Enterprise Linux Log

Nov 21 2011   7:58PM GMT

RHEV 3.0 beta publicly available

Leah Rosin Leah Rosin Profile: Leah Rosin

Red Hat announced the first beta of Red Hat Enterprise Virtualization (RHEV) 3.0 in August, and after testing and feedback has been received, an improved version was released for public evaluation.

RHEV 3.0 is based on the Kernel-based Virtual Machine (KVM) hypervisor, which brings the performance seen in recent SPECvirt benchmarks and Linux kernel security features.  KVM benefits from the expanding presence of the Open Virtualization Alliance, a consortium established to foster the adoption of open virtualization alternatives, specifically KVM.

Red Hat Enterprise Virtualization 3.0 includes the following updates:

  • Red Hat Enterprise Virtualization Manager is now a Java application running on JBoss Enterprise Application Platform on Red Hat Enterprise Linux
  • A power user portal that provides end users with a self-service interface to provision virtual machines, define templates and administer their own environments
  • A RESTful API that allows complete configuration and management of Red Hat Enterprise Virtualization for use by customers or a rich ecosystem of management partners
  • Extended multi-level administrative capabilities, allowing fine-grained resource control, role based access control, delegation and hierarchical management
  • New local storage capabilities
  • An integrated and embedded reporting engine allowing for analysis of historic usage trends and utilization reports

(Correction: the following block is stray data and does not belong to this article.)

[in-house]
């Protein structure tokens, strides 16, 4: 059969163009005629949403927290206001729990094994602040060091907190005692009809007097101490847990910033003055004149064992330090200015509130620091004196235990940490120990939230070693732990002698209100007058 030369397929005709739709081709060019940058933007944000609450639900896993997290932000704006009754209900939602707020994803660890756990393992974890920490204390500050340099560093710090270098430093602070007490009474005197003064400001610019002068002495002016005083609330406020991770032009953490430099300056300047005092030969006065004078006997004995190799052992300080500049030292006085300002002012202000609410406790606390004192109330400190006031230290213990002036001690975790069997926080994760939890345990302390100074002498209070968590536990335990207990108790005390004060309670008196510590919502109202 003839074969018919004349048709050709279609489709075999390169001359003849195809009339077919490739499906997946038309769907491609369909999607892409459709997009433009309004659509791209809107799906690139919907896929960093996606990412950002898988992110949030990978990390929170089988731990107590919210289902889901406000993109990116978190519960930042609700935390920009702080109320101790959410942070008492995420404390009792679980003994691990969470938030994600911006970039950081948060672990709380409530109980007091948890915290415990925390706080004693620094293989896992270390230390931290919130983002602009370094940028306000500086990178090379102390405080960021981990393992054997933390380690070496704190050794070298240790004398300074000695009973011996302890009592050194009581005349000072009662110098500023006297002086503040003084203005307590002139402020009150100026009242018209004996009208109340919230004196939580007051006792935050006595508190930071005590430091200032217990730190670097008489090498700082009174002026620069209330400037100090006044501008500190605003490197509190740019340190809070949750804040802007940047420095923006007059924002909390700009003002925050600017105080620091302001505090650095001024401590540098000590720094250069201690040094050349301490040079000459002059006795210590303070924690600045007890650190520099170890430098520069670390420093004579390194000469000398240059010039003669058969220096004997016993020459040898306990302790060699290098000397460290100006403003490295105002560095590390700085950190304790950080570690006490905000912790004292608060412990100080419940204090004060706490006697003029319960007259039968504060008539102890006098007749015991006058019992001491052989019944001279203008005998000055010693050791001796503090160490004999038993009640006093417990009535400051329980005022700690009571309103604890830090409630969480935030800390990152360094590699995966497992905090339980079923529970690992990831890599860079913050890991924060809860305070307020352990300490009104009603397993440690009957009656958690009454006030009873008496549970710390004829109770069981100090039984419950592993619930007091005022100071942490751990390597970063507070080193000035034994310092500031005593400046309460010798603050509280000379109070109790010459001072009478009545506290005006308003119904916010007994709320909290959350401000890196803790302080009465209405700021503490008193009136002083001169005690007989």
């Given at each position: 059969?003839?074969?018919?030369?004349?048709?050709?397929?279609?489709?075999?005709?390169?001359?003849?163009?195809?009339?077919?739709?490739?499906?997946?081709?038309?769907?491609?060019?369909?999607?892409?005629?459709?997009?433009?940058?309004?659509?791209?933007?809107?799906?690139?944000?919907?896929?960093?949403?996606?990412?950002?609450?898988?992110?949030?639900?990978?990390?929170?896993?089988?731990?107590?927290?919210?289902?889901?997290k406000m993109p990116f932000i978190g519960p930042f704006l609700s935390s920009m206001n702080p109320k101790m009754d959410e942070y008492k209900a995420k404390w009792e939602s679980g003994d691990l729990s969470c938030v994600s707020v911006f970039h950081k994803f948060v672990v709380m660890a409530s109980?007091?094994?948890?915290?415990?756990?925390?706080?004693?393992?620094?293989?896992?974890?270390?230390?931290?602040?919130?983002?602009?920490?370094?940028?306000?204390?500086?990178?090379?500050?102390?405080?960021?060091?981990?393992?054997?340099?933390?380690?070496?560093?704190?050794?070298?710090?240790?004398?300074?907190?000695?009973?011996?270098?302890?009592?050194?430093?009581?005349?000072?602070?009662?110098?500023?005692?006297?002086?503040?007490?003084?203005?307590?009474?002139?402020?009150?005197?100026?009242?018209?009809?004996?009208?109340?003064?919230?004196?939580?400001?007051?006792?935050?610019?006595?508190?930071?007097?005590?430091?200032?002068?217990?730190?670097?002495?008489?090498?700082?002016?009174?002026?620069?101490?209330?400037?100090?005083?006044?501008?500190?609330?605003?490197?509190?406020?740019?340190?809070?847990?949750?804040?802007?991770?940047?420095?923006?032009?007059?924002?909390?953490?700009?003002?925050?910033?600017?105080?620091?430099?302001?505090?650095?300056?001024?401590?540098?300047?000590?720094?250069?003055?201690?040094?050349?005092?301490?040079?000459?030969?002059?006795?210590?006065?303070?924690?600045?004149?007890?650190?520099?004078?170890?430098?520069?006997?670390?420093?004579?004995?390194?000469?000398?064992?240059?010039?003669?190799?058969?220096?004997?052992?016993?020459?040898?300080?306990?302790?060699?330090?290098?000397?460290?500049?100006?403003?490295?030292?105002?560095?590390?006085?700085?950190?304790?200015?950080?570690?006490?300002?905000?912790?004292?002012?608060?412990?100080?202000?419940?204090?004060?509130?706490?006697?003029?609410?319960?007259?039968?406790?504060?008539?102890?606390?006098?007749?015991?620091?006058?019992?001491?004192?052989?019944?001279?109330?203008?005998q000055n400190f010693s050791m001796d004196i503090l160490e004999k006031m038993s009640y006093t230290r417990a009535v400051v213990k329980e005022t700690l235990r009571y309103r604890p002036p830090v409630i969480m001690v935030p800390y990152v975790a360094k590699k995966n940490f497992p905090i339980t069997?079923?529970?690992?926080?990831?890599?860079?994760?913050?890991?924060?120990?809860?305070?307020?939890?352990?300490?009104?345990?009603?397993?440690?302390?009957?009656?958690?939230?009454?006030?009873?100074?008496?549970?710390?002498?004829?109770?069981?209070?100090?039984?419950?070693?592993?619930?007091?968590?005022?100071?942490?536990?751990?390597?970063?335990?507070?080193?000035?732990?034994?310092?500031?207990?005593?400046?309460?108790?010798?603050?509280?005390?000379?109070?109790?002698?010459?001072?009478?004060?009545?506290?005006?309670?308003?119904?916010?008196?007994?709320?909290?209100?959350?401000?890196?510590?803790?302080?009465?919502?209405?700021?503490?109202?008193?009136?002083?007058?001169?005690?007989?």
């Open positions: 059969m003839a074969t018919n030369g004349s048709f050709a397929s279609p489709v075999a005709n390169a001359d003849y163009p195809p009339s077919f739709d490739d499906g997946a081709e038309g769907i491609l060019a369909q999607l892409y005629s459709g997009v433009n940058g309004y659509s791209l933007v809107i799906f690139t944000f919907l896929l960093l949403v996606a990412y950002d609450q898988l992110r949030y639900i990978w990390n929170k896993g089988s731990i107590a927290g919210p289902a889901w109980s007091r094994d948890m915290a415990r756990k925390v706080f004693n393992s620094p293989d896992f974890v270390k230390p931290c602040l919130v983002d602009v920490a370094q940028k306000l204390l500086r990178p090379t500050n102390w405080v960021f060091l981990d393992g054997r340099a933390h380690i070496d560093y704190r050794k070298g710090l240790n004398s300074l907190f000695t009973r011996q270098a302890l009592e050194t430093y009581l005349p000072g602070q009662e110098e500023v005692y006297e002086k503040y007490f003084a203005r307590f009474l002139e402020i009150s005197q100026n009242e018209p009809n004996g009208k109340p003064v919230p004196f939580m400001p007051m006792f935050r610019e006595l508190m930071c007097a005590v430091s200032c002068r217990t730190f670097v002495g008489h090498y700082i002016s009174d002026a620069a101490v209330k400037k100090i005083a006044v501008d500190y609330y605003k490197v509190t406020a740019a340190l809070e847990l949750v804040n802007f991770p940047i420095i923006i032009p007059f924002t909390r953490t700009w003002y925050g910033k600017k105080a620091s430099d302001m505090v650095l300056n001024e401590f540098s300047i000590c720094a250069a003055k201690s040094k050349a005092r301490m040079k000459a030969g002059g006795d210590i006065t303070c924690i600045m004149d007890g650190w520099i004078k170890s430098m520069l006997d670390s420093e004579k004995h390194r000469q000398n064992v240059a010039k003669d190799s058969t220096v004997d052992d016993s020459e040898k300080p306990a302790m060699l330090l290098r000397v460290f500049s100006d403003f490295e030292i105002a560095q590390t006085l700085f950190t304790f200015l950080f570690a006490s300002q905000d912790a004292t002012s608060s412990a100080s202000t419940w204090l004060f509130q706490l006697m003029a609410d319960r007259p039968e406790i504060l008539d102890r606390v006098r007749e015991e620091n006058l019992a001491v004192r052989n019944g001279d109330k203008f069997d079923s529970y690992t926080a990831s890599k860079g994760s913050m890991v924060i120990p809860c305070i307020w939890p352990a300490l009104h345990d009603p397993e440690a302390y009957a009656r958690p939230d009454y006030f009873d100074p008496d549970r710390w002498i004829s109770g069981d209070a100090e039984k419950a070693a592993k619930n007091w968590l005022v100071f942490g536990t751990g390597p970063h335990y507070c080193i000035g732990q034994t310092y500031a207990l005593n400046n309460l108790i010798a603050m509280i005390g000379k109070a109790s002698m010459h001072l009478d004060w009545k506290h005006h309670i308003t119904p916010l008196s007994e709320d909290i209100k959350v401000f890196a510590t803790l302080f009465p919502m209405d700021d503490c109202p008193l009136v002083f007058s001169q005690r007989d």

• SPICE WAN optimization and enhanced performance including dynamic compression and automatic tuning of desktop effects and color depth. The new version of SPICE also features enhanced support for Linux desktops

An updated KVM hypervisor also features new capabilities. These include the ability to scale hosts and guests. RHEV 3.0 supports up to 160 cores and 2 TB of memory on a host system and up to 64 virtual CPUs per guest, and 512 GB of memory. Performance has also been improved in the latest KVM version, and the networking stack has been moved from userspace into the Linux kernel using vhost-net, improving performance and reducing latency. The transparent huge pages feature is also integrated, reducing the number of times memory is accessed, which improves performance for most workloads. A paravirtualized interrupt controller, x2paic, is used in the virtual machine, reducing guest overhead and improving performance in interrupt-heavy workloads. And Async-IO is used for block I/O operations. The use of SELinux-based sVirt infrastructure has strengthened the security capabilities of KVM as well.

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